Jackie Ormes (1911-1985), creator of several popular comic strips in the 1930s–1950s, was the first female, African American syndicated cartoonist. In a male-dominated industry, Jackie captured a national audience with her fashionable and opinionated characters.
Ormes started out as a proofreader and freelance journalist for the Pittsburgh Courier, a black newspaper which published her first comic strip in 1937. Her debut strip, Torchy Brown in “Dixie to Harlem”, follows a young Mississippi girl as she moves to NYC to become a lounge singer. The strip appeared in 15 black newspapers across the country; it was then that Ormes became the only black female syndicated cartoonist until the 1990s.
One of the most famous scenes in this year-long strip is when Torchy debates whether to sit in the “colored” section of a train, or to pretend she can’t read and instead site in the “white” section.
From the beginning, Ormes’s characters were both glamorous and bold.
Near the end of the strip’s run, Ormes moved to Chicago with her husband. In her new city, Ormes worked as a journalist for the Chicago Defender, hung around the art scene, and briefly published a single-panel strip called Candy.
Housemaid Candy was a striking—bodacious—and Ormes used a powerful style to match: the strip was done in bolder strokes than was common.
Jackie Ormes sold her next comic, Patty-Jo ‘n’ Ginger, to the Pittsburgh Courier. The long-running strip featured a big sister/little sister dynamic and led to the Patty Jo doll (1948). This now-collectible was a big deal—Patty Jo was the first upscale black doll, the first one to have a whole line of clothes.
The Patty Jo character herself was a sassy kid with very grown-up opinions on pressing issues. Soon after 14-year-old Emmett Till was murdered for flirting with white women, Patty Jo proclaimed (above): “I don’t want to seem touchy on the subject, … but that new little white tea-kettle just whistled at me!”
Though Patty Jo did all the speaking, Ginger was a positive role model in her own way. Black characters were often portrayed quite horribly in classic comics, but here was a gorgeous, well-dressed woman in a strip that reached over a million readers.
In 1950, Torchy Brown made a comeback in a full-color strip called Torchy in Heartbeats. The comic chronicles Torchy’s attempts to find love, but also serves as a mouthpiece for many of Ormes’s concerns: violence against women, racism, politics, public health. Commentary on environmental pollution might seem par for the course now, but was a topic which made Ormes quite unique.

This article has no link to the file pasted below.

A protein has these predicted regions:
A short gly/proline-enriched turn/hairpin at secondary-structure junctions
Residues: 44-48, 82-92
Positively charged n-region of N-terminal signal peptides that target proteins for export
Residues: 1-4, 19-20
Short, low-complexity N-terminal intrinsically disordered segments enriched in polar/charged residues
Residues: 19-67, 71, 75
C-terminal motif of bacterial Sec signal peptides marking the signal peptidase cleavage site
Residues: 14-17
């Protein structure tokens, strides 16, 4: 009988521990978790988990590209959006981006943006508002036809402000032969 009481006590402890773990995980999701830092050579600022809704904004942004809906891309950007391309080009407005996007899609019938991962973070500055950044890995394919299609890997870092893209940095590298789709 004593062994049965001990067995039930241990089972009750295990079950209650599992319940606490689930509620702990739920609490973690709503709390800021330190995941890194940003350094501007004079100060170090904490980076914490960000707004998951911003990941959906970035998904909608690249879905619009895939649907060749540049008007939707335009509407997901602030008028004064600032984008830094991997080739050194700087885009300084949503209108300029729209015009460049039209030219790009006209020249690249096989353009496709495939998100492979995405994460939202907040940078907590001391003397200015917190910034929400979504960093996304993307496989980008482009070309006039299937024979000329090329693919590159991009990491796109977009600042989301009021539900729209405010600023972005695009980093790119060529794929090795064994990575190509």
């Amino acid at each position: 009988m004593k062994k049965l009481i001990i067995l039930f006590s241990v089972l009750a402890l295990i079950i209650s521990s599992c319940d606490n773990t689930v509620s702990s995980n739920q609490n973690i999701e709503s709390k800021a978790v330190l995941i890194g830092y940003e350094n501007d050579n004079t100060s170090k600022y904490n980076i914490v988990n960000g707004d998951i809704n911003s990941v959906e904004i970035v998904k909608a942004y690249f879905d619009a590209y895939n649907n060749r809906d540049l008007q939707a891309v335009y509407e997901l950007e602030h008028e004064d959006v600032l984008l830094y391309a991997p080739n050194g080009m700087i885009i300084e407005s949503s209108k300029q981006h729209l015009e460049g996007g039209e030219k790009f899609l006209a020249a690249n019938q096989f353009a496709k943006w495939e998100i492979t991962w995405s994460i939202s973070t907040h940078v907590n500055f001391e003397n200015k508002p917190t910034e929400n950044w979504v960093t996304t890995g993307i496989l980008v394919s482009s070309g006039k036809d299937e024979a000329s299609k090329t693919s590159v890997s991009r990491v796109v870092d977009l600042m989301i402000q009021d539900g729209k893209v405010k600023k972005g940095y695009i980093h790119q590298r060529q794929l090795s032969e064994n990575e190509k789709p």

Torchy also appeared in paper doll form, namely Torchy Togs. Torchy cut such an impressive figure that reportedly servicemen used the paper dolls as pin-ups!
The Torchy strip ended when Pittsburgh Courier discontinued the prohibitively expensive full-color comics section. Ormes continued working on Patty Jo ‘n’ Ginger, but increasingly her style became looser and she stopped drawing cartoons altogether in 1956.
Comic fans can only speculate as to the exact reason(s) why Ormes halted her career. But comics or no, Ormes was an interesting lady: she continued making art, rubbed shoulders with Chicago’s political leaders, and served on the founding Board of Directors for the DuSable Museum of African American History. The McCarthy-era FBI thought Ormes was interesting, too: they compiled a 287-page report on her, apparently because she was seen at a bookstore with Communist figures. Nevermind the political views expressed by her characters—the report never mentioned her comic strips at all.
Whether she intended to change the world or simply spoke on what mattered to her, Jackie Ormes was a shining light in popular media. Where many comic artists drew painfully ignorant characters, Jackie skillfully portrayed young black women as intelligent, dynamic, fashionable, ready to take on the world—and for that, she should be celebrated as one of the greats.
- Jackie Ormes: the First African American Woman Cartoonist (biography)
- Month of African American Comics
- Pretty In Ink: North American Women Cartoonists 1896-2013